Racial justice advocates, including some Malverne Union Free School District students, had pressed Corbett since 2020 to rename the street.
Corbett demurred, saying he needed time to study the issue.
"I'd love to know who he was as a person, what he did, good, bad or indifferent, and let's then make an action on it, but I don't want to jump just because you have a herd mentality telling you one thing," he told WCBS in January.
The groups said evidence of Lindner's Klan membership was plentiful, and accused Corbett of slow-walking the renaming process.
Corbett joined others on the village board in a unanimous vote March 31 to rename the street after he said his research process had concluded.
Asked about criticism of his handling of the issue, Corbett said: "I think people out there who know me, know I’m about results. I think people look at my record, they know you can’t get more Democratic than me.”
Solages, 43, said he was inspired to run in the 4th District after several Democratic incumbents, including former Nassau County Executive Laura Curran, were defeated last year.
“We have to motivate the base, we have to give them a reason to come out to vote,” Solages told Newsday.
“I think Democratic voters in Nassau County are tired of the same old cookie cutter type of candidate … ," Solages said. "They want something different, they want someone who’s energetic, who’s going to get out there, who can speak to multiple communities, who represented multiple communities and is strong on the core issues.”
Solages, an attorney, said if elected to Congress he would work to reduce inflation and make college more affordable.
During the congressional campaign Solages has touted his record as a county legislator in improving parks and bringing police activity league programs to communities in his legislative district.
Solages voted against the county's police reform package, which passed in 2021.
The plan, ordered by former Gov. Andrew M. Cuomo after George Floyd was killed in Minneapolis police custody, includes a body camera program to record interactions between police and residents.
Solages said the plan failed to substantially boost outside oversight of police conduct.
In 2018, Solages resolved a domestic violence case involving his arrest for allegedly assaulting his son's mother and endangering her teenage daughter, by admitting to reduced charges of disorderly conduct.
Solages was required to complete a 26-week batterer intervention program and undergo drug testing under a plea deal in which two misdemeanor charges were reduced to noncriminal violations.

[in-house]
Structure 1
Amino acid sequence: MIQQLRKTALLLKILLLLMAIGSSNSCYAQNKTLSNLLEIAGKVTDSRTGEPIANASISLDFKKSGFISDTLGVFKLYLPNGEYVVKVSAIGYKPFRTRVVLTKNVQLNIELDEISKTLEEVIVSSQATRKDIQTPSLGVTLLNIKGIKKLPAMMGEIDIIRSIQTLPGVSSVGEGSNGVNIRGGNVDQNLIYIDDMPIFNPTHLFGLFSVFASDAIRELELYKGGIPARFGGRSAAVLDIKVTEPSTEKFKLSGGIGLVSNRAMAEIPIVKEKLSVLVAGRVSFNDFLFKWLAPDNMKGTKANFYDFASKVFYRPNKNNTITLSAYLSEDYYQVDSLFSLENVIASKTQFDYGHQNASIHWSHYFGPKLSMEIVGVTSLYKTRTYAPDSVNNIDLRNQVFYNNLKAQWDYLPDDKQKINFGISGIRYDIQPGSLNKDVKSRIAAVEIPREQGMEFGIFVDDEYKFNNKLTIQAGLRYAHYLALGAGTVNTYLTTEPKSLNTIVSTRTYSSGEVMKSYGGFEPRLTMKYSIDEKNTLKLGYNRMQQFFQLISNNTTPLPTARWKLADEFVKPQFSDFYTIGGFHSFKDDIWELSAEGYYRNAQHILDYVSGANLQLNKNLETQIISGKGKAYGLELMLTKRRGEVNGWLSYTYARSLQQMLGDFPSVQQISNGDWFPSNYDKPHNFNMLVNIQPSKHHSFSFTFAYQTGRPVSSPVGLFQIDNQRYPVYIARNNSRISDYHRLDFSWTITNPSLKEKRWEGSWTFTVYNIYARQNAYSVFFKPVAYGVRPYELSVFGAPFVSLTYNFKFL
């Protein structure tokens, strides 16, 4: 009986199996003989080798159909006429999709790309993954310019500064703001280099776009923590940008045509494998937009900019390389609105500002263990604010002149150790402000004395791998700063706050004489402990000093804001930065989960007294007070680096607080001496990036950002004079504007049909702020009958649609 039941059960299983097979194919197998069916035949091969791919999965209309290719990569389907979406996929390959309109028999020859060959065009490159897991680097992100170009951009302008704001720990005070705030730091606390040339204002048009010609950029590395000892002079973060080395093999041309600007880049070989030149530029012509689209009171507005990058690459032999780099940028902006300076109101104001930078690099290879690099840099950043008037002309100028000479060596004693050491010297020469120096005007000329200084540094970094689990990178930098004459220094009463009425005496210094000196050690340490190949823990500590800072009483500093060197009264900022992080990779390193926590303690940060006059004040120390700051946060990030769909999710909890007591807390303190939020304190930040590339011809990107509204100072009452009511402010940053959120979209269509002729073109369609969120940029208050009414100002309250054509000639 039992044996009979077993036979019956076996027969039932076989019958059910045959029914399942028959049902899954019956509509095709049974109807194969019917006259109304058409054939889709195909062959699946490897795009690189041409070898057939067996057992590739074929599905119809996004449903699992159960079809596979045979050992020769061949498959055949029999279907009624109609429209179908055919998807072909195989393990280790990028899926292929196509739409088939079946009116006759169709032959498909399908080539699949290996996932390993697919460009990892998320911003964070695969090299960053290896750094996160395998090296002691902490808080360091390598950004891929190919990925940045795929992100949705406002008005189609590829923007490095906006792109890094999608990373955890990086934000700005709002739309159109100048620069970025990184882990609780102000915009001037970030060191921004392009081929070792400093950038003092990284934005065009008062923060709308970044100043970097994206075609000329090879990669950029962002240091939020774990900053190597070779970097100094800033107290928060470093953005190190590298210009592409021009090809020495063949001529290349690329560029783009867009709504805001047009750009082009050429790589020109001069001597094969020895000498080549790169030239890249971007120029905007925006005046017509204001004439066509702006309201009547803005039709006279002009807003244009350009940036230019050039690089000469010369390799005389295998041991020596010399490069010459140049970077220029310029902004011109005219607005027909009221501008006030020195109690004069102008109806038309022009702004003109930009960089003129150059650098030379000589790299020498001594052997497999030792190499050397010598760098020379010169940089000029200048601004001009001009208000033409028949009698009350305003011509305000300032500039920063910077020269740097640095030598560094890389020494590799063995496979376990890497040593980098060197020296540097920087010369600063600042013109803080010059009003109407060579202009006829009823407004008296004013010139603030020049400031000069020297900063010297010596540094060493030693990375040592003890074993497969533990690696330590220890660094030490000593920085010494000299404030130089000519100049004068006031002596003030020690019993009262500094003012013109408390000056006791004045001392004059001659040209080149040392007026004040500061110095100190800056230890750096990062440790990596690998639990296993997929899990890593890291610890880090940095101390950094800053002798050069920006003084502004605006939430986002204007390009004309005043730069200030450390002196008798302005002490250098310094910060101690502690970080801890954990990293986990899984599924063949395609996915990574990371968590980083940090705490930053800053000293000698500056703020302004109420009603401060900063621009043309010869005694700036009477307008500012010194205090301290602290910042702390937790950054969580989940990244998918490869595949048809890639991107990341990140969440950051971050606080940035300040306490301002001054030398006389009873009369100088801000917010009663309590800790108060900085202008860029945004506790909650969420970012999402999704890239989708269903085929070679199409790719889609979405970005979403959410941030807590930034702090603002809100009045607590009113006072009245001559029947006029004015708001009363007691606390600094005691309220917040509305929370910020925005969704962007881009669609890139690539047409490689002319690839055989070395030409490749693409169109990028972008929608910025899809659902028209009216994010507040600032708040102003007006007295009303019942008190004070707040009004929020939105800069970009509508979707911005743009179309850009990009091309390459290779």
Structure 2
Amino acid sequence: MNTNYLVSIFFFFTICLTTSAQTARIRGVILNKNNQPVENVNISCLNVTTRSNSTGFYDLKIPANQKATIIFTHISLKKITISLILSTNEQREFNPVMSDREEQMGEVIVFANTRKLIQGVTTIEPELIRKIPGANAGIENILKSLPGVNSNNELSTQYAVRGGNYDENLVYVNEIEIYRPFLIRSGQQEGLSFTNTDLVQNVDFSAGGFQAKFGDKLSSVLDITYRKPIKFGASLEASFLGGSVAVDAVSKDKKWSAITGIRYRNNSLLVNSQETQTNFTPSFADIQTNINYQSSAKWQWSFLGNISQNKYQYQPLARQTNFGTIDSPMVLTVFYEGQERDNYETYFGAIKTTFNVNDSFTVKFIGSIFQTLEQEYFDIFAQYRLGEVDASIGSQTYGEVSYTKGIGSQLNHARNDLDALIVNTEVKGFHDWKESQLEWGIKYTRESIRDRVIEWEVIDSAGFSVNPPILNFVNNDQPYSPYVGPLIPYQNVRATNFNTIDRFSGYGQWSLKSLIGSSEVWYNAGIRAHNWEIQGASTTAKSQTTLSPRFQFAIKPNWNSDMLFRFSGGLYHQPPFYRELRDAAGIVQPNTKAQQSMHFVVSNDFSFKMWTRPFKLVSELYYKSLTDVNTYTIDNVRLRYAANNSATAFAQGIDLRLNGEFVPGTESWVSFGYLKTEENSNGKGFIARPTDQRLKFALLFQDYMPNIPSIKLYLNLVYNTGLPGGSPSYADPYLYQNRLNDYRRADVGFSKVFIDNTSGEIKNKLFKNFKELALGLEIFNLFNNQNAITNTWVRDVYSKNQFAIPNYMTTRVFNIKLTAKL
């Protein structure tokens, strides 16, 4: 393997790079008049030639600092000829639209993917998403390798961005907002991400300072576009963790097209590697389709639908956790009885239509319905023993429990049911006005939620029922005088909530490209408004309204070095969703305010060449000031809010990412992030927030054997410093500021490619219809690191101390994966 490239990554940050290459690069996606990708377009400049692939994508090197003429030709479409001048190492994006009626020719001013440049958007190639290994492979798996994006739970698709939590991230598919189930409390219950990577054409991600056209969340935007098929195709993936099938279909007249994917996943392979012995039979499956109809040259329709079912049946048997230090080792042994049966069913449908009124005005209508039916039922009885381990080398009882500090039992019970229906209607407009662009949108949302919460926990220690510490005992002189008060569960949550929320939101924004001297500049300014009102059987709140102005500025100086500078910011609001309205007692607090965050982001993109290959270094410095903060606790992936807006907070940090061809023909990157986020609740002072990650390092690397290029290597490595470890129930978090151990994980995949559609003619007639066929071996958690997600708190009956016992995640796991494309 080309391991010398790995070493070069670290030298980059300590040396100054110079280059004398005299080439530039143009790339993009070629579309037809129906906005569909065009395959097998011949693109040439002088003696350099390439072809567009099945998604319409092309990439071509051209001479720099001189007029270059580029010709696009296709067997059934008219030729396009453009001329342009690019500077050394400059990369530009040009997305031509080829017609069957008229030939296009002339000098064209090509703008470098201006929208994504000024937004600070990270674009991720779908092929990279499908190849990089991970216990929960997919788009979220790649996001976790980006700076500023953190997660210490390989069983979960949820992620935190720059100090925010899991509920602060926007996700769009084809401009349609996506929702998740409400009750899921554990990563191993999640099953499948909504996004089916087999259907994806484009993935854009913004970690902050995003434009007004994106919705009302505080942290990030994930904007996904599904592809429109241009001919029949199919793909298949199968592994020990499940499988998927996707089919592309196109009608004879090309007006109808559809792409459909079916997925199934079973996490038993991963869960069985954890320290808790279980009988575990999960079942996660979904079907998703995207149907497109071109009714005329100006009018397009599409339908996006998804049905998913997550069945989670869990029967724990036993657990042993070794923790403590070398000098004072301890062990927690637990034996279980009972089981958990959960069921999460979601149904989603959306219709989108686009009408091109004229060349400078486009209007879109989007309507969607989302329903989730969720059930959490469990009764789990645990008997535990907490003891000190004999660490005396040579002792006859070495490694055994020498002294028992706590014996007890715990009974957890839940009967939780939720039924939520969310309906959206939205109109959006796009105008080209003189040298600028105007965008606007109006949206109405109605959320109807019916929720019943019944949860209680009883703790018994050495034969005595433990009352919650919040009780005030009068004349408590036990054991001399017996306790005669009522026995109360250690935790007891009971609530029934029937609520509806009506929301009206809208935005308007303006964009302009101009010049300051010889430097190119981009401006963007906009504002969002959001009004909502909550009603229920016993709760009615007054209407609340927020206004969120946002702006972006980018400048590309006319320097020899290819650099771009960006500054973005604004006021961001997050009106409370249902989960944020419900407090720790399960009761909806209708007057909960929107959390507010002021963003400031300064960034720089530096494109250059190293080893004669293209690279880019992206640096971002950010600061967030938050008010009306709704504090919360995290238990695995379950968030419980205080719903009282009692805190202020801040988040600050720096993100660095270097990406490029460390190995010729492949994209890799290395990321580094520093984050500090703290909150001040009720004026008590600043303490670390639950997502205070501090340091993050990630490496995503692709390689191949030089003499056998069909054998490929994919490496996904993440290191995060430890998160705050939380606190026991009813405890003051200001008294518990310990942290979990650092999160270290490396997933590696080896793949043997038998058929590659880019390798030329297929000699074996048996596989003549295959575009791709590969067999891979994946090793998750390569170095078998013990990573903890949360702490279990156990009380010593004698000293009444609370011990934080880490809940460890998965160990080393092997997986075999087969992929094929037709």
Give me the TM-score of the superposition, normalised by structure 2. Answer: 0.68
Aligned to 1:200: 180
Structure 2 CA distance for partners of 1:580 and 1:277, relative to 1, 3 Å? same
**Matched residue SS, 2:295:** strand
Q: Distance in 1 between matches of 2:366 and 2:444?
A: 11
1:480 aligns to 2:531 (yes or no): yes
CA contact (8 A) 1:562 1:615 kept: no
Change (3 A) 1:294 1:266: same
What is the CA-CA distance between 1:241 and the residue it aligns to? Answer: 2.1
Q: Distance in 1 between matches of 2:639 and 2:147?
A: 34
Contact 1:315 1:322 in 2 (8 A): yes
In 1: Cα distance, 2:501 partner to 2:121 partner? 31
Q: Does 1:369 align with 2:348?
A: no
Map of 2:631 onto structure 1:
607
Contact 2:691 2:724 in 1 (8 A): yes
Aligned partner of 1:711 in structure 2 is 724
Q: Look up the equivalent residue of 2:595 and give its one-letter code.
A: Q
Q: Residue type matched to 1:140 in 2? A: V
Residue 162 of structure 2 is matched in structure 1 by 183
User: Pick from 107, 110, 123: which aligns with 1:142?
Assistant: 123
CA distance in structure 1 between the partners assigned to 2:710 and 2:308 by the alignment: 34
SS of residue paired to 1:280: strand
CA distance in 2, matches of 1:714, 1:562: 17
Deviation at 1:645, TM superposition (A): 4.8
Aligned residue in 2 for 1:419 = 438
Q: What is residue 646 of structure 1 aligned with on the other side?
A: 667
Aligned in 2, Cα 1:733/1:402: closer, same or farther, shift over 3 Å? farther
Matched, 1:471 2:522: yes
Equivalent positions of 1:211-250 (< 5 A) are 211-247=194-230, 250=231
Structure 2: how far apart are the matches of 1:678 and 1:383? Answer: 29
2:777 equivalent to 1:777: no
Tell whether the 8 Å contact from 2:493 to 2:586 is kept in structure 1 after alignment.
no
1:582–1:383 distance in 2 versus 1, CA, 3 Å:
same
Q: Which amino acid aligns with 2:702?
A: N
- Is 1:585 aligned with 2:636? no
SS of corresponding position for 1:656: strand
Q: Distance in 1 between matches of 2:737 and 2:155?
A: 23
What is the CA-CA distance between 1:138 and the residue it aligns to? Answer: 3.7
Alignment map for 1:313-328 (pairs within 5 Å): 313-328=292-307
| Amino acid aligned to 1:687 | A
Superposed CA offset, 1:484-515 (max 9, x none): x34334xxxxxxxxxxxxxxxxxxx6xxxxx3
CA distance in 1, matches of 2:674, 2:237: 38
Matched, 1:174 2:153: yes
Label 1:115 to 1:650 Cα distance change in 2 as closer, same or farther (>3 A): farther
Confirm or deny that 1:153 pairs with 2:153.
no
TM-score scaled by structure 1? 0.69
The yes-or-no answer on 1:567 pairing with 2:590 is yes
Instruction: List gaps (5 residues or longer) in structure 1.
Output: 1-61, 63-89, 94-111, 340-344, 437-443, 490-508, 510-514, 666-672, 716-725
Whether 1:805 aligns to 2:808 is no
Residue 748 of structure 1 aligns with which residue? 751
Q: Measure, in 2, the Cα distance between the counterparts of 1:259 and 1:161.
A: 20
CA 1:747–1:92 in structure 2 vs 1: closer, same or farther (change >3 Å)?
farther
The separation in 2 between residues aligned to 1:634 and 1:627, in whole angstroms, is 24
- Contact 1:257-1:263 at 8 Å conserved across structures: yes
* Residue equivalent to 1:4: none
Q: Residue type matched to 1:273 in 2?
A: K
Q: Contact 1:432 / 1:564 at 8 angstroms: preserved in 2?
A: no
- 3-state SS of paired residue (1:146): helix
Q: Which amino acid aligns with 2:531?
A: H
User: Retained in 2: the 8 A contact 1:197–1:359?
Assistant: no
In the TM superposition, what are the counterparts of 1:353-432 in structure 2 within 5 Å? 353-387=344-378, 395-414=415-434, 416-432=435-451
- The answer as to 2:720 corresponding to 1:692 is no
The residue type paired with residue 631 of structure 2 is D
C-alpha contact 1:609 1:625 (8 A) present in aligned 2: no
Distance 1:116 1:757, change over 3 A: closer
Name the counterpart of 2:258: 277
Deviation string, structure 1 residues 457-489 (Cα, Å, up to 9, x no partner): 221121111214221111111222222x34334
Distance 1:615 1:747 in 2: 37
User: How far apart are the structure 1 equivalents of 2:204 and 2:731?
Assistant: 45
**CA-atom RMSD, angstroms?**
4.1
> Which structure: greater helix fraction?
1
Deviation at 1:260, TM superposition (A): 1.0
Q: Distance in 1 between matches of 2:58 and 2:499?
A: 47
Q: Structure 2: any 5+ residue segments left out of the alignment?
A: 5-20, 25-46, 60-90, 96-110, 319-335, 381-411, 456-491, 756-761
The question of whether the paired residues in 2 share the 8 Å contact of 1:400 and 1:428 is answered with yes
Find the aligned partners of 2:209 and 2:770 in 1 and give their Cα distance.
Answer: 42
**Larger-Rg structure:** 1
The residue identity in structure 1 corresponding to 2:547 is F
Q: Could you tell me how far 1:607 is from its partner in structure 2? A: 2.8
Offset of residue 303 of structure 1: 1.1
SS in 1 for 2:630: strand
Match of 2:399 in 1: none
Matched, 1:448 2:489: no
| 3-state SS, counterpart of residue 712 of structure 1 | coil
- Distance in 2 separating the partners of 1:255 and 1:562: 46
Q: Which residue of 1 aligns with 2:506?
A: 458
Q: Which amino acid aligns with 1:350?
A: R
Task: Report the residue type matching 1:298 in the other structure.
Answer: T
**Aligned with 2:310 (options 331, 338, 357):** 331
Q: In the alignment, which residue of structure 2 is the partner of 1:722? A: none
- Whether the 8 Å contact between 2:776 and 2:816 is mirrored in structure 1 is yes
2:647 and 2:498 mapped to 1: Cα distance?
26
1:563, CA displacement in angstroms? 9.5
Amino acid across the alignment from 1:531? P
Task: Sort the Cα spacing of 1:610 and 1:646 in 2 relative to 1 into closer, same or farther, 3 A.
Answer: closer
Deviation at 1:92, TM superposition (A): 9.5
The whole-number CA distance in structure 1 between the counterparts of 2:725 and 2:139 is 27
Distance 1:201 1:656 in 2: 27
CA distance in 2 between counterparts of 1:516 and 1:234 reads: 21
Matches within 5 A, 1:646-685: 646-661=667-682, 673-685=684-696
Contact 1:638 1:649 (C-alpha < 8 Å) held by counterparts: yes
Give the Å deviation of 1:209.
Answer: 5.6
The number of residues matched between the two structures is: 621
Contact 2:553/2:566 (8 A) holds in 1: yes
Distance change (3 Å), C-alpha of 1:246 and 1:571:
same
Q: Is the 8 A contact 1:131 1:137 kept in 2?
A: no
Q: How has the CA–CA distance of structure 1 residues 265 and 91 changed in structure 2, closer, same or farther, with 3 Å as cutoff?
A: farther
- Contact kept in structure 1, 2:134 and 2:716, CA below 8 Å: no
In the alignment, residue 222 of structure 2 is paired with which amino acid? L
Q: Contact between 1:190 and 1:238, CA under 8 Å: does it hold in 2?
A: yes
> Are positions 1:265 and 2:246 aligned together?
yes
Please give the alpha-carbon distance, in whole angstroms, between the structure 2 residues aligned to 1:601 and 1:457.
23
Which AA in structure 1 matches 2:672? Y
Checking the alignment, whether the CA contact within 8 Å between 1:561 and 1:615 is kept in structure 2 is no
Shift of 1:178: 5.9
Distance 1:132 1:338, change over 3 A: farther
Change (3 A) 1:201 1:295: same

He told Newsday last week: “God has forgiven me, the community has forgiven me."
Huq, 71, of Elmont, said he wanted to promote job creation, advocate for minority residents in his community and help heal “religious tension across the world.”
A first-time local candidate, Huq said his health care background makes him best suited to represent the 4th Congressional District.
He said he and his wife, an obstetrician-gynecologist, in 1989 helped found the Shaheen Clinic, a hospital with a focus on women's health in Bangladesh.
He said he helped found the former Feni Medical College and Hospital, also in Bangladesh, in 1992.
Huq, his wife and three sons immigrated to the United States in 2005, eventually settling in Sunnyside, Queens. The family moved to Elmont in 2014.
In the United States, Huq taught in medical assistant training programs, and also became certified as a cardiac sonographer.
“They [are] all three attorneys," Huq said of the other Democratic primary candidates.
"In a crisis of the pandemic, what we are facing right now, you are definitely more suitable if you have a medical background,” he told Newsday.
4th CD Democratic primary candidates
Laura Gillen, 53, of Rockville Centre, is an attorney who served as Hempstead Town supervisor from 2018 to 2020. She holds an undergraduate degree from Georgetown University in Washington, D.C., and a law degree from NYU School of Law.
Keith Corbett, 43, is the mayor of Malverne Village, and a partner with the law firm of Harris Beach. He serves as law chairman of the Nassau County Democratic Committee and counsel to the state Democratic Committee. He holds an undergraduate degree from Dickinson College in Pennsylvania, and a law degree from New York Law School.
Carrié Solages, 43, of Lawrence, is an attorney who serves as a Nassau County legislator. He also is a former Bronx assistant district attorney. He holds an undergraduate degree from Georgetown University and a law degree from Boston College Law School.
Muzibul Huq, 71, of Elmont, is a retired physician and educator. Huq holds degrees from Comilla Victoria Government College and Dhaka Medical College, both in Bangladesh. He and his family immigrated to the United States in from Bangladesh in 2005.